Great jealousy did they likewise stir up by their intermeddling and successes among the divine sex, for being a race of brisk, likely, pleasant-tongued varlets, they soon seduced the light affections of the simple damsels from their ponderous Dutch gallants. Among other hideous customs, they attempted to introduce among them that bundling, which the Dutch lasses of the Nederlandts, with that eager passion for novelty and foreign fashions natural to their sex, seemed very well inclined to follow, but that their mothers, being more experienced in the world, and better acquainted with men and things, strenuously discountenanced all such outlandish innovations.
But what chiefly operated to embroil our ancestors with these strange folk was an unwarrantable liberty which they occasionally took of entering in hordes into the territories of the New Netherlands, and settling themselves down, without leave or license, to improve the land in the manner I have before noticed. This unceremonious mode of taking possession of new land was technically termed squatting, and hence is derived the appellation of squatters, a name odious in the ears of all great landholders, and which is given to those enterprising worthies who seize upon land first, and take their chance to make good their title to it afterward.
All these grievances, and many others which were constantly accumulating, tended to form that dark and portentious cloud which, as I observed in a former chapter, was slowly gathering over the tranquil province of New Netherlands. The pacific cabinet of Van Twiller, however, as will be perceived in the sequel, bore them all with a magnanimity that redounds to their immortal credit, becoming by passive endurance inured to this increasing mass of wrongs, like that mighty man of old, who by dint of carrying about a calf from the time it was born, continued to carry it without difficulty when he had grown to be an ox.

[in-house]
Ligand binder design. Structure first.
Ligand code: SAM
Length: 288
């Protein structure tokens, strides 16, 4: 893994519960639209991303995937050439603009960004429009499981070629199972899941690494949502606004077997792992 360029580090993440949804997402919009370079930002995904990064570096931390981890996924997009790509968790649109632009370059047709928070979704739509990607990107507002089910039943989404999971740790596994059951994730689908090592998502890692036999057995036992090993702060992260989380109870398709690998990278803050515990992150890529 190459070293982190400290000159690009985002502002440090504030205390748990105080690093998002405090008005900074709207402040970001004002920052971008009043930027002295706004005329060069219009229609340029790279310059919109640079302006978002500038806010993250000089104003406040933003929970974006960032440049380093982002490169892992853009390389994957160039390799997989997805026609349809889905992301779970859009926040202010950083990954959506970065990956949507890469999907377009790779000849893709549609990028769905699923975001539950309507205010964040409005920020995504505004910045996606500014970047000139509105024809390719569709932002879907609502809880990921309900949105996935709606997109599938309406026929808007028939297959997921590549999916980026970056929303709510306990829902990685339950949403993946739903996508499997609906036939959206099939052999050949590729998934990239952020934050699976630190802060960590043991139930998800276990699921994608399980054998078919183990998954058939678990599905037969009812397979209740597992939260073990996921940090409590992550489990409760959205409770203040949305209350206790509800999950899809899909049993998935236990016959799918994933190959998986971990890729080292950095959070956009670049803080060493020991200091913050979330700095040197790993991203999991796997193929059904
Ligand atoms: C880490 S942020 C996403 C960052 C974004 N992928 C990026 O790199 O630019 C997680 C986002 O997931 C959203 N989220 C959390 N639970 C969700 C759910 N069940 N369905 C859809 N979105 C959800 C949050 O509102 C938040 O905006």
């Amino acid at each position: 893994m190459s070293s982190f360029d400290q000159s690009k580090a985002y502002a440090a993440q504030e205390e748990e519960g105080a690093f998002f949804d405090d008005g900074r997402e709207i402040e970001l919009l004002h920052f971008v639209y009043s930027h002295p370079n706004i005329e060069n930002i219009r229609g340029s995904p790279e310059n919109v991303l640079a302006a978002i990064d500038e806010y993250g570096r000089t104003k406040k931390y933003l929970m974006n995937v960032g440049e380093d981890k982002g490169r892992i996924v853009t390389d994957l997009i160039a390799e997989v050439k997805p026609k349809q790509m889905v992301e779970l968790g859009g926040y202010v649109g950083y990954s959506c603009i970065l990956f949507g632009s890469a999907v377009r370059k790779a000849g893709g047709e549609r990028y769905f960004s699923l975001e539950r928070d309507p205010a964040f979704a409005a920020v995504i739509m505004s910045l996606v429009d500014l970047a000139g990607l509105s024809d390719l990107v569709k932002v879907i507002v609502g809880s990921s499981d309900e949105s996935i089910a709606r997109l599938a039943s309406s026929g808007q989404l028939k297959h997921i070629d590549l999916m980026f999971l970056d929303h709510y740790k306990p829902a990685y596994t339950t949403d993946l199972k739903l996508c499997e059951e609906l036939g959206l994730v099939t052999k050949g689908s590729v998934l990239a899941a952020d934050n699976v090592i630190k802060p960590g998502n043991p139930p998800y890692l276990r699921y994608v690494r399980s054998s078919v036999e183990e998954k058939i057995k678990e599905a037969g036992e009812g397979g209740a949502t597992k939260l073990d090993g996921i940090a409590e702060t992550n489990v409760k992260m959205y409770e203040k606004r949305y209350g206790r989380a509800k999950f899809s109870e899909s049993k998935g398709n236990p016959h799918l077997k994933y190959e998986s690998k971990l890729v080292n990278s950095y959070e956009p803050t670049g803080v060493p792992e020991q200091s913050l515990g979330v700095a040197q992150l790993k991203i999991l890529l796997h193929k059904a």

By this time my readers must fully perceive what an arduous task I have undertaken—exploring a little kind of Herculaneum of history, which had lain nearly for ages buried under the rubbish of years, and almost totally forgotten; raking up the limbs and fragments of disjointed facts, and endeavoring to put them scrupulously together, so as to restore them to their original form and connection; now lugging forth the character of an almost forgotten hero, like a mutilated statue: now deciphering a half-defaced inscription, and now lighting upon a mouldering manuscript, which, after painful study, scarce repays the trouble of perusal.